As the New Year began, leaders in the Tucson, Arizona, area challenged Church members to more actively find ways to share the gospel with their friends and neighbors.

The question we faced as a family was not whether to accept the challenge, but how to meet it effectively. Our past attempts had not produced the results we had expected. We had tried to be congenial. I had made it a practice to welcome new neighbors with a loaf of fresh, homemade bread. In several instances we had invited neighbors to dinner or family home evening. We had made some good friends, but we had yet to see any of them show any interest in the gospel.

One day as I pondered the matter, a telephone call interrupted my thoughts. It was the pest-control man calling to say that he would be coming that afternoon to spray our house and yard. Creepy-crawly things proliferate rapidly in Tucson’s warm climate. As I hung up the phone, it occurred to me that perhaps he would provide the opportunity I was seeking.

I wondered how to approach him about the Church. I went into my bedroom and knelt to pray and ask for guidance. As I prayed, the distinct impression came into my mind that I should give him a copy of the Book of Mormon. I arose from my knees and took one from the shelf.

From then until the pest-control man rang the doorbell, I thought about what I should say and when to say it. I decided to wait until he was ready to leave before giving him the Book of Mormon. Then, if his reaction was negative, the situation would be less awkward.

Finally, the moment arrived. After handing him his check, I nervously told him that during the time he had been coming to our house, I had observed that he seemed to be a kindly person who cared deeply about his family. Now I wanted to share something of great value with him that I felt could be a source of joy to him and his loved ones.

By this time, he was curious. I handed him the copy of the Book of Mormon and told him that it was a record of God’s dealings with the ancient inhabitants of this land, just as the Bible is a record of God’s dealings with the people of the Old World. I added that if he would read it and pray about it, he could know for himself of its truthfulness.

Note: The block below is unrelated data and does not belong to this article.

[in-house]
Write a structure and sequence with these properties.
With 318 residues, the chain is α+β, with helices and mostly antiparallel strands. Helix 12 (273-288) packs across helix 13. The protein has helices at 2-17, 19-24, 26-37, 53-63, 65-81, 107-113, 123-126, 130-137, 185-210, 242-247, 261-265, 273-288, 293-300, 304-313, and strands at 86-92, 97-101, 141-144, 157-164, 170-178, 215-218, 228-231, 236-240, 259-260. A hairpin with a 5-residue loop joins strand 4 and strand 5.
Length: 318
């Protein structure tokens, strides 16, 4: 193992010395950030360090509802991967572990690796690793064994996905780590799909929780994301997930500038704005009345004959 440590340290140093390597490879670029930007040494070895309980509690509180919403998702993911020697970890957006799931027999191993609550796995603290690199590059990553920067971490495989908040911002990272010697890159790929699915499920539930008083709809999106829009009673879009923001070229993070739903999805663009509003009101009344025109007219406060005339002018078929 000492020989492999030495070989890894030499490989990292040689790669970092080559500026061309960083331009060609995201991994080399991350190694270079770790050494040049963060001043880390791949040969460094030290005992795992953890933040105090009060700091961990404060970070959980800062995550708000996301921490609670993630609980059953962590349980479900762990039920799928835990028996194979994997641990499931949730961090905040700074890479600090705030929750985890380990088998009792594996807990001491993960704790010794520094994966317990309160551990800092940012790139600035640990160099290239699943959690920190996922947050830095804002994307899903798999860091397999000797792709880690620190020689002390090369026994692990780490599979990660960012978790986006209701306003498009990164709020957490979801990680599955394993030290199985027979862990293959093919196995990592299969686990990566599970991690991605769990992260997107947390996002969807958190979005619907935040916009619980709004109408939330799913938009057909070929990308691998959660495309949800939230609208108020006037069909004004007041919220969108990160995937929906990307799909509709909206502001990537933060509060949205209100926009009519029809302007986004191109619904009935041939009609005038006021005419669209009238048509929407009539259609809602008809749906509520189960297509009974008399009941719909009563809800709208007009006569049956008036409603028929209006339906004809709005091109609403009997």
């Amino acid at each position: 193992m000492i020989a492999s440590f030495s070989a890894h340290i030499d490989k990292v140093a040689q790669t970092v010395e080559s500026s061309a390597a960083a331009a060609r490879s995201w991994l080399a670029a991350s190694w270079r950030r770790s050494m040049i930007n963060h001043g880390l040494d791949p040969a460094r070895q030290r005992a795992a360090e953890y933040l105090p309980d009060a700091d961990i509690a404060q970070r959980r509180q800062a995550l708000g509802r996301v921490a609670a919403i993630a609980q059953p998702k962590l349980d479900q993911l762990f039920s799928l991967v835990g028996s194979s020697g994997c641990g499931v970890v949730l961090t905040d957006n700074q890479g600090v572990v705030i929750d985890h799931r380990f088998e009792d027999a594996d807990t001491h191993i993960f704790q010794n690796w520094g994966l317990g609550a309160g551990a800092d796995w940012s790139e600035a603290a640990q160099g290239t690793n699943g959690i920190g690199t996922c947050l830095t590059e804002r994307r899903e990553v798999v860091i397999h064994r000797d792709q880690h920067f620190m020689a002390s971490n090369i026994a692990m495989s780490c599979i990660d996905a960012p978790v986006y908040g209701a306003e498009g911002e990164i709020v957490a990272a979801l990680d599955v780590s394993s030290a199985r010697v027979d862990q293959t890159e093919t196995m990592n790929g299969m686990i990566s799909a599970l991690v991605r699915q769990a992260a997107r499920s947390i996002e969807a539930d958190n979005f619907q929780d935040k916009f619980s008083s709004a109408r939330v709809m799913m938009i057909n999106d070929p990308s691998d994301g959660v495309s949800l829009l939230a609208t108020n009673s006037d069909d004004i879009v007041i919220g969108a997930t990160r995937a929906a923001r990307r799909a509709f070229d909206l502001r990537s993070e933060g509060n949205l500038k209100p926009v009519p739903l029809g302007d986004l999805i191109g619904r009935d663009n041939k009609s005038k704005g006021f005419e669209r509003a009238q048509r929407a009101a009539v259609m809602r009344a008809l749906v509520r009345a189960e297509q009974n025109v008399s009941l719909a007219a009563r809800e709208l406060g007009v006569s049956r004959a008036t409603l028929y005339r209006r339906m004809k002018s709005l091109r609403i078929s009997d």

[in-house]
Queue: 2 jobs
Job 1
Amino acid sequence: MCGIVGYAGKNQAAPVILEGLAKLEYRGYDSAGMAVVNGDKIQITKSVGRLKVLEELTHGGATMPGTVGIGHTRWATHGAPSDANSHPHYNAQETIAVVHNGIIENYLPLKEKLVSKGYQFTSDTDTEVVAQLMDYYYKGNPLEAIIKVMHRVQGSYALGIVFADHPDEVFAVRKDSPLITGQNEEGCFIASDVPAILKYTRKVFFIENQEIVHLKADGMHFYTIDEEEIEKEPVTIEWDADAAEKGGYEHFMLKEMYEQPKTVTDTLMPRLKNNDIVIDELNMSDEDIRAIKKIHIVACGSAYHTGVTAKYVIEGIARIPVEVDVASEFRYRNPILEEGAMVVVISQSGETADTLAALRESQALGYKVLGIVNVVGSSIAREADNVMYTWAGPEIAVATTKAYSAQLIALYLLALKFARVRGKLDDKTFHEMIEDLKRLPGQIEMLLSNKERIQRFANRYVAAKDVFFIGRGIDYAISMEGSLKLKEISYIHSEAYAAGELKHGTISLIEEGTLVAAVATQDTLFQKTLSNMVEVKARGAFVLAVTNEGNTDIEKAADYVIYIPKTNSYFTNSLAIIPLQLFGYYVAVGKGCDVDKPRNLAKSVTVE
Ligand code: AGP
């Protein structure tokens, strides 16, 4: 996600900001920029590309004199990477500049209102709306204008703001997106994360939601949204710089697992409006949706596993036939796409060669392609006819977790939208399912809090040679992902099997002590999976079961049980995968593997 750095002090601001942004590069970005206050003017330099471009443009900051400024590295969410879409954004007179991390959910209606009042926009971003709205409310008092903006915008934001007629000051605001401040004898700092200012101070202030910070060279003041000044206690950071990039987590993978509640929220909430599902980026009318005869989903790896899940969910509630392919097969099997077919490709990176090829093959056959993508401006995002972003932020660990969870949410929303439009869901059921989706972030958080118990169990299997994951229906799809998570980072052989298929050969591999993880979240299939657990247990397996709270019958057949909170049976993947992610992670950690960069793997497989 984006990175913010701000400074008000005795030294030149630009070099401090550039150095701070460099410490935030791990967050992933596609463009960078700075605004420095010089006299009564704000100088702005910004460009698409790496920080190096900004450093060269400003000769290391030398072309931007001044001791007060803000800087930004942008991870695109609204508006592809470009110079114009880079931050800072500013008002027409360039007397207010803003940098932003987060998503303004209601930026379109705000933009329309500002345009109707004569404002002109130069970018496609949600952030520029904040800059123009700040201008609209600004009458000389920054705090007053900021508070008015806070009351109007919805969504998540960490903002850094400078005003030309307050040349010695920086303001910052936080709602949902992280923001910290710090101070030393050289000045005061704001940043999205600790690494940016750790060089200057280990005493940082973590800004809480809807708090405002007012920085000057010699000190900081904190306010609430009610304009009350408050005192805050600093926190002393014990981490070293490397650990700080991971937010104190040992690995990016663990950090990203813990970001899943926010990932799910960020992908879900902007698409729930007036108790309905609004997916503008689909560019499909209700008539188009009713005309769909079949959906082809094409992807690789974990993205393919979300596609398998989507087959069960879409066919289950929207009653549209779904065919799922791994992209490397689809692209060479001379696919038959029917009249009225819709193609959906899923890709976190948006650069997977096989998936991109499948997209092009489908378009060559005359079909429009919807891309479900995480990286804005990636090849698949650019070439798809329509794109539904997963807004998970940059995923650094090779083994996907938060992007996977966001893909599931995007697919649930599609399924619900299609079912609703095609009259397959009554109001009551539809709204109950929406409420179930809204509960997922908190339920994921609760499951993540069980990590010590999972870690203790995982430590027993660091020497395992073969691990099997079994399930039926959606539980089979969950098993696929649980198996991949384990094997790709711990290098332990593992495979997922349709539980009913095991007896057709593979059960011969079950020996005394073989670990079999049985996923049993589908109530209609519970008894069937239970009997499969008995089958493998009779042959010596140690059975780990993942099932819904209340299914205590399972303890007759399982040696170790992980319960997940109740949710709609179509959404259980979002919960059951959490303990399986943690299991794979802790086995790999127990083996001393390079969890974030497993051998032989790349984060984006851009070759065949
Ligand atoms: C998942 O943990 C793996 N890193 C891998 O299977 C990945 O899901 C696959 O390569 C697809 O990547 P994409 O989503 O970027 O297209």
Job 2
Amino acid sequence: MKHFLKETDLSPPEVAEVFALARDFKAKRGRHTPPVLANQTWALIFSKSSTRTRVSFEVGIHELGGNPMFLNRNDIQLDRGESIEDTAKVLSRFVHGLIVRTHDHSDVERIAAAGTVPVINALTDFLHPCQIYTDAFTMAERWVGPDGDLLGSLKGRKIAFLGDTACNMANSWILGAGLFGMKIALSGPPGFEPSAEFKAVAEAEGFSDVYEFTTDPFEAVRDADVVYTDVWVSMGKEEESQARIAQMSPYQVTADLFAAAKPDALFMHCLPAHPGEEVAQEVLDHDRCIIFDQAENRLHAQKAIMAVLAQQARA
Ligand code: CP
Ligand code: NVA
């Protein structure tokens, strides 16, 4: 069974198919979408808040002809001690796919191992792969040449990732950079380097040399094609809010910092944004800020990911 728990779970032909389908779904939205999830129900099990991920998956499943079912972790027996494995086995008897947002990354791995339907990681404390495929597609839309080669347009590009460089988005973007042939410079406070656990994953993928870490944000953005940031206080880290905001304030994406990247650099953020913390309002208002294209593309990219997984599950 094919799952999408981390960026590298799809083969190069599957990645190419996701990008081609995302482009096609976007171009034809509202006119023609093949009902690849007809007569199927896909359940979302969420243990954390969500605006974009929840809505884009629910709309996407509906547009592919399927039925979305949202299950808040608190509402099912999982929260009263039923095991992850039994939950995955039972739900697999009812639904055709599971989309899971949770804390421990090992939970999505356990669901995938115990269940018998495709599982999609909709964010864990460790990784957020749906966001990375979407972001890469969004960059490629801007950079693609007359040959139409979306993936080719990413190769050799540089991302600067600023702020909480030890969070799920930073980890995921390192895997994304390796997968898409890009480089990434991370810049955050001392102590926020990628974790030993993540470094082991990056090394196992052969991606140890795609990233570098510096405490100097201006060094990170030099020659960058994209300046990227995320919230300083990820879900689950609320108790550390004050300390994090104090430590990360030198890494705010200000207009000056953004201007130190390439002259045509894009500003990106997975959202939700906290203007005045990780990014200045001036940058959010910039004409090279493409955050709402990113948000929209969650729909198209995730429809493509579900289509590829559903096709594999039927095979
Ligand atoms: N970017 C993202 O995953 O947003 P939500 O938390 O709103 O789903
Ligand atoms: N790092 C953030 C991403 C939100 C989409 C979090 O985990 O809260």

When I finished, I was practically breathless. He casually looked at the outside of the Book of Mormon and thanked me, commenting that he wasn’t much for reading, but that he would take it home with him and maybe he might look it over sometime. Then he left.

That wasn’t too bad, I thought. True, he didn’t turn somersaults of delight at receiving the Book of Mormon, but at least he didn’t reject it. Who knew what might come of it?

Months passed. The pest-control man came regularly but never mentioned the Book of Mormon. I thought to myself, “Well, so much for that attempt at missionary work.” Obviously, he hadn’t bothered to read the Book of Mormon. More than likely, he had forgotten all about it.

Then one day as I handed him his check, he said, “Mrs. Stott, do you remember that book you gave me several months ago?” (Did I remember? Was he kidding?)

“Yes,” I told him.

“Well,” he said, “I told you I’m not much for reading, but I took it home anyway. At dinner I told my family about it. My daughter was curious about it, so she asked if she could have the book.” He paused briefly, then added, “You know, she actually read it, and last Saturday night she was baptized.”

What an easy way to participate in a conversion! There’s no doubt about it—the Book of Mormon is a tremendous missionary tool. All we have to do is see that it gets into the right hands, including our own.

[illustration] Illustrated by Phyllis Luch

Erma W. Stott, a member of the Letha Ward, Emmett Idaho Stake, serves with her husband, Gerald, as a stake missionary.